An editorial from The Intelligencer/Wheeling News-Register
WHEELING, W.Va. — Drug abuse in our region of the country is worse than many people may have thought – and most have had few illusions for several years that it was very, very bad.
Drug abuse death rates in West Virginia, Ohio and Kentucky were higher during 2014 than in all but two states (New Mexico and New Hampshire), the federal Centers for Disease Control and Prevention has reported.
Last year, 627 West Virginians, 2,744 Ohioans and 1,077 Kentuckians perished from overdoses. That is 4,448 people – the equivalent of a small town – whose lives were snuffed out by drugs. It is nearly one-tenth of the total for the entire country.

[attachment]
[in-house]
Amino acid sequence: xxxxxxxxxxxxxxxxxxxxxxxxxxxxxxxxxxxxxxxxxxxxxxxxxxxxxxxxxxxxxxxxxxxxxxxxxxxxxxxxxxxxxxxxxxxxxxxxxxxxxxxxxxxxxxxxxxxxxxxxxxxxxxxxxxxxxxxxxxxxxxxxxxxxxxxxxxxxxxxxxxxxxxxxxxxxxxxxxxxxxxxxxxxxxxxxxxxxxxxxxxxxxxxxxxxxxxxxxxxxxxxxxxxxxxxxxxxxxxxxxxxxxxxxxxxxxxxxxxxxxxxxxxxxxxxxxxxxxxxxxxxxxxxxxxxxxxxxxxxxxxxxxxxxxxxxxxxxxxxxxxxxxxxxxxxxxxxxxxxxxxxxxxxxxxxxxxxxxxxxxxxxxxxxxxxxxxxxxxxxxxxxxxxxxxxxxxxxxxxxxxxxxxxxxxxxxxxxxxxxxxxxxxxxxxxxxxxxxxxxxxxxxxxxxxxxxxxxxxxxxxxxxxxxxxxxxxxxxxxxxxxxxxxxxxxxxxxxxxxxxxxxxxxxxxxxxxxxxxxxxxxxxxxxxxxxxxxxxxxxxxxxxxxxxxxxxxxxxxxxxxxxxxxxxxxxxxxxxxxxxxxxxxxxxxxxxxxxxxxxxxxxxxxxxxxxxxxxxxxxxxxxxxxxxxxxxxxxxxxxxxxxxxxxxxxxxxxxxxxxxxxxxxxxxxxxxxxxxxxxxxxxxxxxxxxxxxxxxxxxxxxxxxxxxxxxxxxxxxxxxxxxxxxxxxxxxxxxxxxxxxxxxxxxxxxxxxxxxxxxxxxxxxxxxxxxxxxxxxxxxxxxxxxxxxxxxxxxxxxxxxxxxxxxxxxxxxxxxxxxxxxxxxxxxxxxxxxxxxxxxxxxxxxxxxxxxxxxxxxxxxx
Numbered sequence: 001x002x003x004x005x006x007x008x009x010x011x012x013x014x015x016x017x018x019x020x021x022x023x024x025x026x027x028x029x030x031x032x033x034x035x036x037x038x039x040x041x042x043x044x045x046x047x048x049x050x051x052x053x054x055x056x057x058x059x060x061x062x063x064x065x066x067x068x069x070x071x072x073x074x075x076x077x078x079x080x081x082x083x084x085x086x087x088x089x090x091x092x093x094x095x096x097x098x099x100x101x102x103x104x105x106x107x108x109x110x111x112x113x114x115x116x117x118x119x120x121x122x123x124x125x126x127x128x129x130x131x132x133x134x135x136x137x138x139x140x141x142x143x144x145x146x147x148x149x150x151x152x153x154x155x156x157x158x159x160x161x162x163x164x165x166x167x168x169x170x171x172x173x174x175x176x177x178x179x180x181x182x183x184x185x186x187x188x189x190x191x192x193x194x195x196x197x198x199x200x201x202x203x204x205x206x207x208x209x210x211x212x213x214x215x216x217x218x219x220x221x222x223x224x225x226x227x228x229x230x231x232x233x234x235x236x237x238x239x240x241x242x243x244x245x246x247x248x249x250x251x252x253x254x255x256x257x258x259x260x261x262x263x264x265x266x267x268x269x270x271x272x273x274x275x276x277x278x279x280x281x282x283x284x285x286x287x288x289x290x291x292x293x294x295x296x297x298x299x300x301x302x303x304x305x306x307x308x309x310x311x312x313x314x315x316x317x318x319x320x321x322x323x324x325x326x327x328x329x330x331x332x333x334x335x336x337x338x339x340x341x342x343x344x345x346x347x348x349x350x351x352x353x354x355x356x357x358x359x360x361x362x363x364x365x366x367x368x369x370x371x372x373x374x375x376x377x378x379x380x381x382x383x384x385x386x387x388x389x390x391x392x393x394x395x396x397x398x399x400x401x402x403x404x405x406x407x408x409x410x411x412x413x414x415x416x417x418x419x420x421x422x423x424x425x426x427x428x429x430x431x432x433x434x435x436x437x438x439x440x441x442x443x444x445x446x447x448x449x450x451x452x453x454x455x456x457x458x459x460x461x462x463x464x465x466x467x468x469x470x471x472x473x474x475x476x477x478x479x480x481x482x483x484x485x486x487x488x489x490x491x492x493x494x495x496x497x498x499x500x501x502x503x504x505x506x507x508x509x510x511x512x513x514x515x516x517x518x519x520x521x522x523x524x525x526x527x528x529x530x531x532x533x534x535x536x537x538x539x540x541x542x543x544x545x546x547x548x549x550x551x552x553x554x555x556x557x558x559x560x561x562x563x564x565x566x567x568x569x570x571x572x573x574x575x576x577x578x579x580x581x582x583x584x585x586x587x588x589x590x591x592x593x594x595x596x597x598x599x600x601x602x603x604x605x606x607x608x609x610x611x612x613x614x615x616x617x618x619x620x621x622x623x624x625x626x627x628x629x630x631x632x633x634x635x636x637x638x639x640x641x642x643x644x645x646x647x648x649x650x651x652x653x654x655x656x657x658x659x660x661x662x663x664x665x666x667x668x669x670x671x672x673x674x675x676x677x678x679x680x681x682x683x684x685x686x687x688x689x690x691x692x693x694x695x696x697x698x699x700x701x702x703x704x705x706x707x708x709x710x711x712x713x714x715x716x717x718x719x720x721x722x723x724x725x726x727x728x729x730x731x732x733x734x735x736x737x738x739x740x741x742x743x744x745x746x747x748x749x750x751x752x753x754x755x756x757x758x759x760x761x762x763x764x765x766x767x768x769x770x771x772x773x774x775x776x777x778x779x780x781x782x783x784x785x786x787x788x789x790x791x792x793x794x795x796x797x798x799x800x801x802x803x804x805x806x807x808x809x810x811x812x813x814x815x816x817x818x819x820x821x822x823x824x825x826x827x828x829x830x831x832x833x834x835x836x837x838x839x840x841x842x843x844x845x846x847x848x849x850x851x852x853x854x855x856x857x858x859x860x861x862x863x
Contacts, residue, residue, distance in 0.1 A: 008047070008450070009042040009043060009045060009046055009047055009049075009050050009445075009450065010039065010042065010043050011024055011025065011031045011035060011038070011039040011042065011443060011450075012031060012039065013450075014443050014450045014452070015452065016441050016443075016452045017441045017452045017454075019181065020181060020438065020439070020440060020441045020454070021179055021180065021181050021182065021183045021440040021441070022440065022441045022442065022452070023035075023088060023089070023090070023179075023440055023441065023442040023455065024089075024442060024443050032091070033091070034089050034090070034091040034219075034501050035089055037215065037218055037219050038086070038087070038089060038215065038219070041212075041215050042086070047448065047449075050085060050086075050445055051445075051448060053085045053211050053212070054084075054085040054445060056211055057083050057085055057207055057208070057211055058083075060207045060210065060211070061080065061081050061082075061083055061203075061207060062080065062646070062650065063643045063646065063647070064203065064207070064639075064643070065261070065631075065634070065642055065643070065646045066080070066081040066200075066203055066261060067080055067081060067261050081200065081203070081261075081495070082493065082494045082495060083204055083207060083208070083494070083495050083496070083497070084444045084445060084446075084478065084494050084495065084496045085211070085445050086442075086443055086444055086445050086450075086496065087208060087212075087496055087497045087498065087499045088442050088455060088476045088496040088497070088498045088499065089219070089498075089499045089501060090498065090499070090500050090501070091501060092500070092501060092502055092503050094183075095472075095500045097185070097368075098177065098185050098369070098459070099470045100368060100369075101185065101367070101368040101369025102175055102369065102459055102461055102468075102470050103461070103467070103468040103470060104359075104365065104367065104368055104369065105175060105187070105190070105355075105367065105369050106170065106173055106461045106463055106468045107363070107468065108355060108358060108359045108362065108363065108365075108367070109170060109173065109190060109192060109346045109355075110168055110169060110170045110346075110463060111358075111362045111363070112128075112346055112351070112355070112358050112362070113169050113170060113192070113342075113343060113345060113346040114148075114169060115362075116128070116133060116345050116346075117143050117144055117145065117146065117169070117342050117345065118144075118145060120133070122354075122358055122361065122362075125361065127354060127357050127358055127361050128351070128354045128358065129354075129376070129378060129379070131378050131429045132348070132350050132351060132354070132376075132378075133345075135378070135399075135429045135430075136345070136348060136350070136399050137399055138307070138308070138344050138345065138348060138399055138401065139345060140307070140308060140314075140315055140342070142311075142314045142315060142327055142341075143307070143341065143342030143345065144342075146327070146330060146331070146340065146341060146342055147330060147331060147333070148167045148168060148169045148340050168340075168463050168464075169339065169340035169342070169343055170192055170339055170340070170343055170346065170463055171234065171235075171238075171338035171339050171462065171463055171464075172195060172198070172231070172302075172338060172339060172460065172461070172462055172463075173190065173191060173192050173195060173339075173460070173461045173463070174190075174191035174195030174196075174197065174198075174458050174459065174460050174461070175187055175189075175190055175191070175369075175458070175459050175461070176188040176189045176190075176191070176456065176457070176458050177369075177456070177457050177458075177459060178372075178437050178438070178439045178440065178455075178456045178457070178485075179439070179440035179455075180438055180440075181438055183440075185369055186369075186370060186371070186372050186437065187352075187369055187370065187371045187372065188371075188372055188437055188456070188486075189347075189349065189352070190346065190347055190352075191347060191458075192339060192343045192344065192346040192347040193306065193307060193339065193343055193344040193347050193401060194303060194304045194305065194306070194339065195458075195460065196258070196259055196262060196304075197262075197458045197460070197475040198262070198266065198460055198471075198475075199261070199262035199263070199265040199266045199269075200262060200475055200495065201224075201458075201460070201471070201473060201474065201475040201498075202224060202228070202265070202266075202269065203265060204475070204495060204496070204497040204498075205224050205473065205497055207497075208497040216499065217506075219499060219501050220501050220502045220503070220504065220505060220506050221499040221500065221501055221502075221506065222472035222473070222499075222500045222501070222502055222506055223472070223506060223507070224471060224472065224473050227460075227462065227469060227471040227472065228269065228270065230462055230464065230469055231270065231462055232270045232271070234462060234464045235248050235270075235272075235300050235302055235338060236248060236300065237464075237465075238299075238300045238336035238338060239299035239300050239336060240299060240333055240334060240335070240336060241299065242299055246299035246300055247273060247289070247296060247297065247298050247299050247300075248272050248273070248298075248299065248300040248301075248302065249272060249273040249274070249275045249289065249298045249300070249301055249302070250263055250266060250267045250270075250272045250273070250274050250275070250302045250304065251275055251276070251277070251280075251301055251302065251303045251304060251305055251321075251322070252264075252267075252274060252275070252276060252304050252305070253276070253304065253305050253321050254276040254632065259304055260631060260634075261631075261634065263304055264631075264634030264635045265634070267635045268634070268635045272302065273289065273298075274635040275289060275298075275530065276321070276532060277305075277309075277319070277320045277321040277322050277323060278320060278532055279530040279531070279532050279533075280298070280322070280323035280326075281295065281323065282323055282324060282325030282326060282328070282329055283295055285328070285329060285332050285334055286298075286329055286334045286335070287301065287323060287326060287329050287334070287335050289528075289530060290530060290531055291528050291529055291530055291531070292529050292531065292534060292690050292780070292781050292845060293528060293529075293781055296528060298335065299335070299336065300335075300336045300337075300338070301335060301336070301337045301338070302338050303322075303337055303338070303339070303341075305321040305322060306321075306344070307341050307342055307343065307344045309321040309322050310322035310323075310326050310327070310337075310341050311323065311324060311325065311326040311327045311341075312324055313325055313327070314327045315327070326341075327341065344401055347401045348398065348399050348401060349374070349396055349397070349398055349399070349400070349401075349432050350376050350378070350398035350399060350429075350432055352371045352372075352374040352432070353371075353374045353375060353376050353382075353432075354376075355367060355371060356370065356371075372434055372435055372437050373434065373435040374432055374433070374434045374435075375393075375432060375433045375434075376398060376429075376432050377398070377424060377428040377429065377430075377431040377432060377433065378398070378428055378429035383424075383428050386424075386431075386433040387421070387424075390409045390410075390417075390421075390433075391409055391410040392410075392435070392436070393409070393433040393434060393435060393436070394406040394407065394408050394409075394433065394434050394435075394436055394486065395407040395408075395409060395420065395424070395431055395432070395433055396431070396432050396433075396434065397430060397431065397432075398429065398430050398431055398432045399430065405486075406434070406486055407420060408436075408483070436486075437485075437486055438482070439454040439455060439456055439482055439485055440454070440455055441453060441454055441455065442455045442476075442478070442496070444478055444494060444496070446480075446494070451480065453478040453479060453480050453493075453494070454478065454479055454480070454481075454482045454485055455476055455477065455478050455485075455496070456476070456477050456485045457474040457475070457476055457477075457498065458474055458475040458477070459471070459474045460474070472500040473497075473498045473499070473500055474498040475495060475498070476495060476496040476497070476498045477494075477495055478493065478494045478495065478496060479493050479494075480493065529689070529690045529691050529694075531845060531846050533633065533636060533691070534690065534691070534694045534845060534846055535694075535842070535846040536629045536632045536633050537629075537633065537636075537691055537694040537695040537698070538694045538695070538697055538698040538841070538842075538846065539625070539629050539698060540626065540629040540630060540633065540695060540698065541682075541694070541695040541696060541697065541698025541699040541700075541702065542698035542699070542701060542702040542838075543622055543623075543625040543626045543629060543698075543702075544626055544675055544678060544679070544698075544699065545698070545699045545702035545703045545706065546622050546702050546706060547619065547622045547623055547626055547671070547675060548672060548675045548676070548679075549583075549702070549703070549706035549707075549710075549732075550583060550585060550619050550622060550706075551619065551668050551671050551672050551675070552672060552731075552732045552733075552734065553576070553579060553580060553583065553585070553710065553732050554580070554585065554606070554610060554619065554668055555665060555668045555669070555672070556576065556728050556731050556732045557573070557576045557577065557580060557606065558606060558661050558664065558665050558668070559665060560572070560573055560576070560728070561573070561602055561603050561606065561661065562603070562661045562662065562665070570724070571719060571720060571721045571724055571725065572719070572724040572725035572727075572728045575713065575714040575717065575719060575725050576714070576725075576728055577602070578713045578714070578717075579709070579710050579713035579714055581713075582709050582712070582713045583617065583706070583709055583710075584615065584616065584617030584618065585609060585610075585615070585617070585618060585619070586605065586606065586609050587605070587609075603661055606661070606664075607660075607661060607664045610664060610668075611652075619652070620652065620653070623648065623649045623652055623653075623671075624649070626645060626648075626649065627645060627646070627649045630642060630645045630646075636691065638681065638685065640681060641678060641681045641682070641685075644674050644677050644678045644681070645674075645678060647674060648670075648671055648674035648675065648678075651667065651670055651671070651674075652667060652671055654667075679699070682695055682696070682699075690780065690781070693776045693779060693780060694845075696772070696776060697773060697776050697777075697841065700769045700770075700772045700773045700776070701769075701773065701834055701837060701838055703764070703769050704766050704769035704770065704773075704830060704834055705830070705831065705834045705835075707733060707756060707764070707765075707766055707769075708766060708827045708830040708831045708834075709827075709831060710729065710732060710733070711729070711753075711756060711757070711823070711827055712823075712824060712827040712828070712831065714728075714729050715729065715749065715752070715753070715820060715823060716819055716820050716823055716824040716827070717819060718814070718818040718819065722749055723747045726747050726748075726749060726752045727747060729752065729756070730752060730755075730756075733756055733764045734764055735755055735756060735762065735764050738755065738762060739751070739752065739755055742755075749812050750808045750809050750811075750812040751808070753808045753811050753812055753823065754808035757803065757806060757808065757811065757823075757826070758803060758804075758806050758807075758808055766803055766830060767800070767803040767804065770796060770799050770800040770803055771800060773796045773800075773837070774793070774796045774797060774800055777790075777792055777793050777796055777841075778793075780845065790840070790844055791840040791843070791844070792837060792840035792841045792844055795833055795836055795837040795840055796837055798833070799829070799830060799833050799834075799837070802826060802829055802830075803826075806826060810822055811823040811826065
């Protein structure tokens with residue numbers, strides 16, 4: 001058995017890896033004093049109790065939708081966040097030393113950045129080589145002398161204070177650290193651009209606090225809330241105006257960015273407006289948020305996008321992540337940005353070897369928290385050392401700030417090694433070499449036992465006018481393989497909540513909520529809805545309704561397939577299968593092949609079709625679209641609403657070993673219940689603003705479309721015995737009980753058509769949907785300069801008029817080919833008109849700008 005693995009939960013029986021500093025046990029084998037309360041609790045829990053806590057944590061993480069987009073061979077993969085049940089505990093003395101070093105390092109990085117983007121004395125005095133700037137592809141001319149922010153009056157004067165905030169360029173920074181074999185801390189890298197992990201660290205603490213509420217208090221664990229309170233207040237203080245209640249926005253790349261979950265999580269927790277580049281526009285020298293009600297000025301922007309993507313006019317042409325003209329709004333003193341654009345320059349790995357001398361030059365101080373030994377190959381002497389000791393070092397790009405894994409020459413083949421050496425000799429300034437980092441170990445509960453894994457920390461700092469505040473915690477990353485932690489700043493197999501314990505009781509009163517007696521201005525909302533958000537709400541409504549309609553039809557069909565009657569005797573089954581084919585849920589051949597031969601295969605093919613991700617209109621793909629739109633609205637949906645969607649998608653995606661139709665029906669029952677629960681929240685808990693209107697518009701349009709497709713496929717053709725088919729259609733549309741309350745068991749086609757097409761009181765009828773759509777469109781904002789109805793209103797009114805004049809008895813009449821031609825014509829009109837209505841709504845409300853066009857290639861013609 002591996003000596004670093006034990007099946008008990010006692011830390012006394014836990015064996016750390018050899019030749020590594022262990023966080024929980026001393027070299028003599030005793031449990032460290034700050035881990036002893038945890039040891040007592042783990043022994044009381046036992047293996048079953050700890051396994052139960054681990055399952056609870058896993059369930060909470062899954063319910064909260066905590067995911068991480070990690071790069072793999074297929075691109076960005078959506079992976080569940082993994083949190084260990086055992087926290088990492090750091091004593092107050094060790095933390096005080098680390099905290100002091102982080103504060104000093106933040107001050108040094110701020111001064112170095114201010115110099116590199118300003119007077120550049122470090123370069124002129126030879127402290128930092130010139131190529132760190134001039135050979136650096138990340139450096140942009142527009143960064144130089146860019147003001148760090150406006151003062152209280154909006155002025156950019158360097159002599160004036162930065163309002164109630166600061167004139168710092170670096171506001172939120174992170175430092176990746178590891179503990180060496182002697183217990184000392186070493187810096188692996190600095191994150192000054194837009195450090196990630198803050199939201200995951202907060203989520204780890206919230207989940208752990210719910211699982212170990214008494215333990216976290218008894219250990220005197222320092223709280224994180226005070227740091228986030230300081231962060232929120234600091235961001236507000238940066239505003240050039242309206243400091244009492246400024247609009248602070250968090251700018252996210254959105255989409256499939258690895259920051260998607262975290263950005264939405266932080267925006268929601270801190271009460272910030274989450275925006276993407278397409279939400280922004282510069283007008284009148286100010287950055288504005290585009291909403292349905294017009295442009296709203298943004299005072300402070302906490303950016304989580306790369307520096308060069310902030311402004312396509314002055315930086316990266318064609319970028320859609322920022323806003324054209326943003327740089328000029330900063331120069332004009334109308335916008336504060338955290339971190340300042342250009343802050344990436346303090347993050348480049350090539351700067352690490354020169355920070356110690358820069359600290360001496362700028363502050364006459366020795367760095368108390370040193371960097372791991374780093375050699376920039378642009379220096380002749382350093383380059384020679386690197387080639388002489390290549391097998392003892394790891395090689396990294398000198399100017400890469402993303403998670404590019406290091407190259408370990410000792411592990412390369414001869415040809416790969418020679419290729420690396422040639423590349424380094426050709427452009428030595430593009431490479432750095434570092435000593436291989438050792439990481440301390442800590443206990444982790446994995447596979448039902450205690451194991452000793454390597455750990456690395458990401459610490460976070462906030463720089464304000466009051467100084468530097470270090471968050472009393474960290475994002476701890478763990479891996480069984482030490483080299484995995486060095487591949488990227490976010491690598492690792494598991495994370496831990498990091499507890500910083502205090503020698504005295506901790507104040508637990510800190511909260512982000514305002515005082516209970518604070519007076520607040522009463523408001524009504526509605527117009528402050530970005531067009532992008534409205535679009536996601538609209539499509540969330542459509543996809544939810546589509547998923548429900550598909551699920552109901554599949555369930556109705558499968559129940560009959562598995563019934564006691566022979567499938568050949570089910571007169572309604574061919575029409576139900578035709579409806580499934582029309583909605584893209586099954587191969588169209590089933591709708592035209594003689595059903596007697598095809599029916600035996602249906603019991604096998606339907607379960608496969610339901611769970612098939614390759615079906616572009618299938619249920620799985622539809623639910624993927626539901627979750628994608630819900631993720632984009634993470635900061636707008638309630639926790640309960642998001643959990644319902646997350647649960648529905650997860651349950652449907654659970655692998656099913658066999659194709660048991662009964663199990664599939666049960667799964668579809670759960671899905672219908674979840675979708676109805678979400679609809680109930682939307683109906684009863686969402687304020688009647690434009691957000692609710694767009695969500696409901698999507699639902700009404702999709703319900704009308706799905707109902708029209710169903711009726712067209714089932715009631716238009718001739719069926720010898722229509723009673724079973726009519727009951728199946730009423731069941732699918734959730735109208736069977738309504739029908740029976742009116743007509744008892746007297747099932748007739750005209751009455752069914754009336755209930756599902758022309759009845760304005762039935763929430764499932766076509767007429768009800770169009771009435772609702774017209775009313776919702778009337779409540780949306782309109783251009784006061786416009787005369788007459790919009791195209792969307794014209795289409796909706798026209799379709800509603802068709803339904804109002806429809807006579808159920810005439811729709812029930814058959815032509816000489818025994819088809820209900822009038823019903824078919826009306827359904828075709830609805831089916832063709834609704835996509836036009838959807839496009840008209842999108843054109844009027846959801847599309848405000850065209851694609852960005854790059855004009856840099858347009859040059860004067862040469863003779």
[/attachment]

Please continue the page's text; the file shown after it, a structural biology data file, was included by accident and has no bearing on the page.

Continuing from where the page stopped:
We have suggested previously that some communities in our area needed much more federal help fighting drugs. At the same time we have recognized that an efficient use of law enforcement resources is to target drug pushers in big cities, from which the purveyors of death bring their wares to our area.
But the CDC statistics should be viewed by federal officials as a call to war – with the battlefield our three states.
More federal aid is needed for local law enforcement agencies, which find new pushers popping up as quickly as they can arrest others. More direct federal intervention in the form of drug agents working both cities and small towns in West Virginia, Ohio and Kentucky is essential.
Drug abuse is a far greater threat than Islamic terrorism in our three-state region. Washington needs to recognize that and declare war on drugs right here.
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